SALT LAKE CITY -- To a cheering crowd here at the Utah State Capitol, President Trump signed a pair of proclamations shrinking two of the state's most controversial national monuments.
"With the action I’m taking today, we will not only give back your voice over the use of this land, we will also restore your access and your enjoyment. Public lands will once again be for public use," he said.
The proclamations dramatically reduce the size of southern Utah's Bears Ears and Grand Staircase-Escalante national monuments. Bears Ears gets split in two, and goes from 1.35 million acres to just 201,876 acres. Grand Staircase-Escalante National Monument will shrink by about 800,000 acres to 1,003,863 acres, according to a handout from the White House. Grand Staircase-Escalante National Monument was created in 1996 by then-President Bill Clinton.
In remarks ahead of the signing, President Trump accused prior administrations of abusing the Antiquities Act, which gives a president authority to create a national monument. (Scroll down to watch President Trump's entire speech.)
"These abuses of the antiquities act give enormous power to far away bureaucrats at the expense of the people who actually live here, work here and make this place their home," President Trump said.
President Barack Obama created Bears Ears National Monument as he was leaving office last year and since then, Utah's political leaders have pushed him to rescind it or shrink its boundaries. The monument has been the flashpoint of controversy with environmental and Native American groups urging it to be preserved as-is, while other local political leaders and San Juan County residents demanding it be reduced.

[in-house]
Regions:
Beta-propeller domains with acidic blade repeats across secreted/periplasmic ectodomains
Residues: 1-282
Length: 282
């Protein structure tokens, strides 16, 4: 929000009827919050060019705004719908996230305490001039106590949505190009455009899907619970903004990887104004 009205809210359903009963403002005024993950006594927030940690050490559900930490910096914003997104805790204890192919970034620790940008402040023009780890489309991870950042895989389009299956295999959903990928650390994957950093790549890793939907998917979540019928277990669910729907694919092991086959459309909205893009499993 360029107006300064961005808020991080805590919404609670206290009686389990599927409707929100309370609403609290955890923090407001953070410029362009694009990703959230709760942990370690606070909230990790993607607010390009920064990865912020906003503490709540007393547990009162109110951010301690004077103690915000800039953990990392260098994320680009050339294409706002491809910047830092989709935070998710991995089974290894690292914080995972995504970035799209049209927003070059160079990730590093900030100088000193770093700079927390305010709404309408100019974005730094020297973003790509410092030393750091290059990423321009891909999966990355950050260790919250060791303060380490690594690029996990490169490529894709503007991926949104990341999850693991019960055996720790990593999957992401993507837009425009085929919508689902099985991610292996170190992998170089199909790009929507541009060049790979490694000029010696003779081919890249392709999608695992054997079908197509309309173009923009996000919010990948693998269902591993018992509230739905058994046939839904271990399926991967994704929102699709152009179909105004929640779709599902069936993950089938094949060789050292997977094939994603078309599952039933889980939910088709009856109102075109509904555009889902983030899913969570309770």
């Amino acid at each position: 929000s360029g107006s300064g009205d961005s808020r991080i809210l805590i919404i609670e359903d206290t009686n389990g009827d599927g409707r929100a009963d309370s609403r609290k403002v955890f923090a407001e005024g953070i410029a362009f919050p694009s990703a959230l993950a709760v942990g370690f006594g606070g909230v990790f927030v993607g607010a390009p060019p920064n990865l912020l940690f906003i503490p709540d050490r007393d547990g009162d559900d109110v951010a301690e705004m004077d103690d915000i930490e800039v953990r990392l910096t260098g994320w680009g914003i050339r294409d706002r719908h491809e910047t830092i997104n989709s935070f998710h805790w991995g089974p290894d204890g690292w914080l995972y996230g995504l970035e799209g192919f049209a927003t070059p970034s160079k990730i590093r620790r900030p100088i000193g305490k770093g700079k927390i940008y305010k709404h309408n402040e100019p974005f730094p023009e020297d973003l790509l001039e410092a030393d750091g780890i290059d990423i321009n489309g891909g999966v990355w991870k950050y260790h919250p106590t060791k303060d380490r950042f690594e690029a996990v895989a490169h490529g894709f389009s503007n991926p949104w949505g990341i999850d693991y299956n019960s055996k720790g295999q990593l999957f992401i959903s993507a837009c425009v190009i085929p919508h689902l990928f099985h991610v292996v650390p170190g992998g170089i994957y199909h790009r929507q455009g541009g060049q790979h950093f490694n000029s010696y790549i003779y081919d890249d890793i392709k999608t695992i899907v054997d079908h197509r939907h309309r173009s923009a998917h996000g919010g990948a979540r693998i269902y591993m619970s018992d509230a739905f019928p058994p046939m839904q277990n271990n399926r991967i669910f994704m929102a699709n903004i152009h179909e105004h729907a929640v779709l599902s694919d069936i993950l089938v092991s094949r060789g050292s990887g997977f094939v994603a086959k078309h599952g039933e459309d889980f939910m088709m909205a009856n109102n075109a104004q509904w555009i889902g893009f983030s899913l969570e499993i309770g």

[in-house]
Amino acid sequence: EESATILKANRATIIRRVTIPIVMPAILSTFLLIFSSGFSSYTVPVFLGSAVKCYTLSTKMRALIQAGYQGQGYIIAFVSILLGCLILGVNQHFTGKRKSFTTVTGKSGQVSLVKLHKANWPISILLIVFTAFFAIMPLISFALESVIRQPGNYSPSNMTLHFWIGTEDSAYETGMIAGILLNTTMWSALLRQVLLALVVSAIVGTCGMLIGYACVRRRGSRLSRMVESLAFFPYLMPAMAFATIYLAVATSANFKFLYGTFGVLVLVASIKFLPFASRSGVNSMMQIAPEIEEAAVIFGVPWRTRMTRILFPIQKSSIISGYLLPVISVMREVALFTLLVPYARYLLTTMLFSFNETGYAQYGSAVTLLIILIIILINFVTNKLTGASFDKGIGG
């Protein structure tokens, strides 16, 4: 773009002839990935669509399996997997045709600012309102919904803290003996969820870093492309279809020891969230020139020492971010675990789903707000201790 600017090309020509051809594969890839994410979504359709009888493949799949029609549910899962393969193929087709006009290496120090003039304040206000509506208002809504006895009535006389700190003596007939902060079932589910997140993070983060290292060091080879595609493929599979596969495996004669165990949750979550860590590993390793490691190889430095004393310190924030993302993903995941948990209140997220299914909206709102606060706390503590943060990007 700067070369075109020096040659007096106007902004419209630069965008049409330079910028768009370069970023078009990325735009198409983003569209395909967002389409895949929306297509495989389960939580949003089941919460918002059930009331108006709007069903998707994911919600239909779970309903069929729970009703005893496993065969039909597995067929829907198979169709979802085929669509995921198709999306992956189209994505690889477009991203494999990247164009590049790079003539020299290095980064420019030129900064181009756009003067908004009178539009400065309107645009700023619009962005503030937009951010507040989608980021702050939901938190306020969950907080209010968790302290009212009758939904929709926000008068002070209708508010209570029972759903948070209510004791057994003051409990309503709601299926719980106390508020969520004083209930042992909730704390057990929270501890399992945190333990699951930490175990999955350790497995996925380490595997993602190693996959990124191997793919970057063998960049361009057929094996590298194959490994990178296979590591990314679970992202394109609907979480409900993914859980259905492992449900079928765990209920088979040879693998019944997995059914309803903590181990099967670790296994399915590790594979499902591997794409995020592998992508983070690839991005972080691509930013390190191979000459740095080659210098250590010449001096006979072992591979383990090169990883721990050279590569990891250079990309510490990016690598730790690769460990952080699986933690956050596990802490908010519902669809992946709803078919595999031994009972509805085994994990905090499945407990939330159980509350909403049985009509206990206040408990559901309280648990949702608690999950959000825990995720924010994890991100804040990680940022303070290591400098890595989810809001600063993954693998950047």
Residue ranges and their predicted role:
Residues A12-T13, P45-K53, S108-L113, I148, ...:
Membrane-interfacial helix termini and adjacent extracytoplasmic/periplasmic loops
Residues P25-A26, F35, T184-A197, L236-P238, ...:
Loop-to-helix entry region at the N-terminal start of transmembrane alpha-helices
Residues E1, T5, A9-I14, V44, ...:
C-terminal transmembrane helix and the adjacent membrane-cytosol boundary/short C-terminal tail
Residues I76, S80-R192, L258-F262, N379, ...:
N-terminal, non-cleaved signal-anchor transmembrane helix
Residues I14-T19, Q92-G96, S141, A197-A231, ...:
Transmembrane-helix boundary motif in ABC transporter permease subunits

The president joked that he asked if reducing Bears Ears would be controversial.
"They told me, 'No,'" he said to laughter from the crowd. "How did that happen? I don’t think it is controversial. I think it’s so sensible."
The invite-only crowd attending the Capitol Hill signing included most of the Utah State Legislature, Governor Gary Herbert, Attorney General Sean Reyes and the state's congressional delegation.
After he signed the proclamations, the loudspeakers blared the Rolling Stones hit "You Can't Always Get What You Want." San Juan Co. Commissioner Phil Lyman told FOX 13 he wanted Bears Ears rescinded.
"I would have liked to see it rescinded just because the process was earnestly moving forward when the wheels kinda fell off," he said.
Mary Tso, a San Juan County resident, said she approved of the president's decision. Her family provided translation as she spoke in Navajo.
"It’s her great, great grandfather that lived in that home place and she doesn’t want it fenced up," her daughter said. "She’s very grateful for Trump signing this."
Rep. Mike Noel, R-Kanab, whose district includes parts of both Bears Ears and Grand Staircase-Escalante national monuments, insisted that even without a monument designation that most of the lands will be preserved because they are still BLM-controlled lands.
"We’re gonna get these lands opened up so everyone can see them, utilize them the way they should be and not just an elite bunch of people and they will be protected, I promise you that," he said.